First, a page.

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What does it take to become a hologram? Just 41 cameras and a giant green screen.

Lauren Goode gets turned into a hologram.

From Beyonce to TuPac to CNN correspondents, it seems as though everyone in the media and entertainment elite have been trying their hand at bringing holograms to the mainstream. Usually, pulling this off is production intensive, and the results can be mixed. Now, one LA-based startup is trying to make holograms more accessible.

8i, which makes virtual reality videos at its Culver City studios, revealed last month at Recode’s Code Media conference that the company is working on a mobile app that puts “volumetric” holograms right on your smartphone. The idea is that you’d use the app, called Holo, to interact with well-known celebrities — or even just cute pets — in a way that you can’t really do on a smartphone right now. You can “place” the hologram in the room. You can walk around it. You can even take a selfie with it. And it doesn’t involve a VR headset.

The Verge’s Lauren Goode wrote about 8i’s new technology last month.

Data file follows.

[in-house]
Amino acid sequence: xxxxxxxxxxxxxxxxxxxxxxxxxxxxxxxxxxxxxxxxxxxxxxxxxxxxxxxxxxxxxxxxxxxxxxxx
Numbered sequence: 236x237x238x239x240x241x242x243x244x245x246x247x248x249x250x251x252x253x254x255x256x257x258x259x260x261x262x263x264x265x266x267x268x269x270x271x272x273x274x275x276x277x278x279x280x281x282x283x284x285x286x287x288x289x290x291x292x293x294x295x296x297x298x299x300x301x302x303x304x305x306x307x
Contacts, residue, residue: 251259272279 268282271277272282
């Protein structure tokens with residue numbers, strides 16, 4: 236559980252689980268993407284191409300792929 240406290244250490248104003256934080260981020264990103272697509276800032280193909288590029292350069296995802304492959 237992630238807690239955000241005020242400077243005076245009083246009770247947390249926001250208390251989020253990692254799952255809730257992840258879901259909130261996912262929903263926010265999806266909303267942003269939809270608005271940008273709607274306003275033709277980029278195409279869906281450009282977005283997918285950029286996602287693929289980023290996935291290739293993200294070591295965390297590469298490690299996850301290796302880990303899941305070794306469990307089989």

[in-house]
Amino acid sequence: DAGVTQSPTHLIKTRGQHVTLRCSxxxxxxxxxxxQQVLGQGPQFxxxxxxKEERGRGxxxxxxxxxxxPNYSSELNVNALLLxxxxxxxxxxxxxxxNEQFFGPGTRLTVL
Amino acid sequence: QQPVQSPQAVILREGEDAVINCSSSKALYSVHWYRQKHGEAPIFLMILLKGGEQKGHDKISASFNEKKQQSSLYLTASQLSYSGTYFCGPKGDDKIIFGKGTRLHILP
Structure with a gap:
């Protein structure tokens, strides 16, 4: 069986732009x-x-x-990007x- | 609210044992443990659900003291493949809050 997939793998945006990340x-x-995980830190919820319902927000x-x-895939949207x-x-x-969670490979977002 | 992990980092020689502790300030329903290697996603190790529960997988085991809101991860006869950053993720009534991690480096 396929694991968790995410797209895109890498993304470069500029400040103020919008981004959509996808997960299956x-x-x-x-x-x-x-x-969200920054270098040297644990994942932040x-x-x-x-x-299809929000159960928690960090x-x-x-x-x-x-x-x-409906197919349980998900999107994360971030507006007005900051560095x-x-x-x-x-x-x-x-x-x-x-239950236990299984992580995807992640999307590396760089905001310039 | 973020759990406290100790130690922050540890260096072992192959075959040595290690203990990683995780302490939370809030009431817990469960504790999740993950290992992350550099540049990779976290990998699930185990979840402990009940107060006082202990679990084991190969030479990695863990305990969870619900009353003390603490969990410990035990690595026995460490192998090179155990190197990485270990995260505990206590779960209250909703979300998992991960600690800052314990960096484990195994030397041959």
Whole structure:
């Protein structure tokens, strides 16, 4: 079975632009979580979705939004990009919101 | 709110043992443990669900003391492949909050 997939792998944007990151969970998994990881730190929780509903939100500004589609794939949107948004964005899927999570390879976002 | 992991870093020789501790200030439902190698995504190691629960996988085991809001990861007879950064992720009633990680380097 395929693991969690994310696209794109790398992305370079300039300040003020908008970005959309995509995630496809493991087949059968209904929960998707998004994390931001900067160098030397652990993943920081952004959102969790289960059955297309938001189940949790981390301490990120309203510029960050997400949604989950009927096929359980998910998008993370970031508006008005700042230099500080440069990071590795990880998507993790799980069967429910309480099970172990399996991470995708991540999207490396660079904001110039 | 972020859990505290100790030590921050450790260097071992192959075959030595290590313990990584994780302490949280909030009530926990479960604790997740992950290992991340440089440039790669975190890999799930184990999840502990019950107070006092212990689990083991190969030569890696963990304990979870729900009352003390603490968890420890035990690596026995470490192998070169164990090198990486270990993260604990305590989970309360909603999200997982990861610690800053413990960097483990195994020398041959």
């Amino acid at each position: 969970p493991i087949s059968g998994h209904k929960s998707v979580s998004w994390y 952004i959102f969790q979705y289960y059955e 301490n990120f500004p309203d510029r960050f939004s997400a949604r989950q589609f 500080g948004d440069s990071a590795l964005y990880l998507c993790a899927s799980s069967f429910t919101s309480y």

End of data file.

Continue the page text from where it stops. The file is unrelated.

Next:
There is a catch to all this, though: The Holo app still requires users to have a pretty heavy-duty smartphone in hand, one that meets the Google Tango hardware and software requirements. These phones have a multitude of cameras and sensors built into the phone that make running the Holo app possible, and right now there’s only one phone model available that runs Google Tango, the $500 mid-range Lenovo Phab 2 Pro.

And, as Goode found out, actually making the hologram still involves a fair amount of production, including a 41-camera green-screen studio and high-end editing software. But the end result is a holographic representation of yourself that looks and sounds exactly like you — maybe, as Goode admits, just a little bit nerdier.

This article originally appeared on

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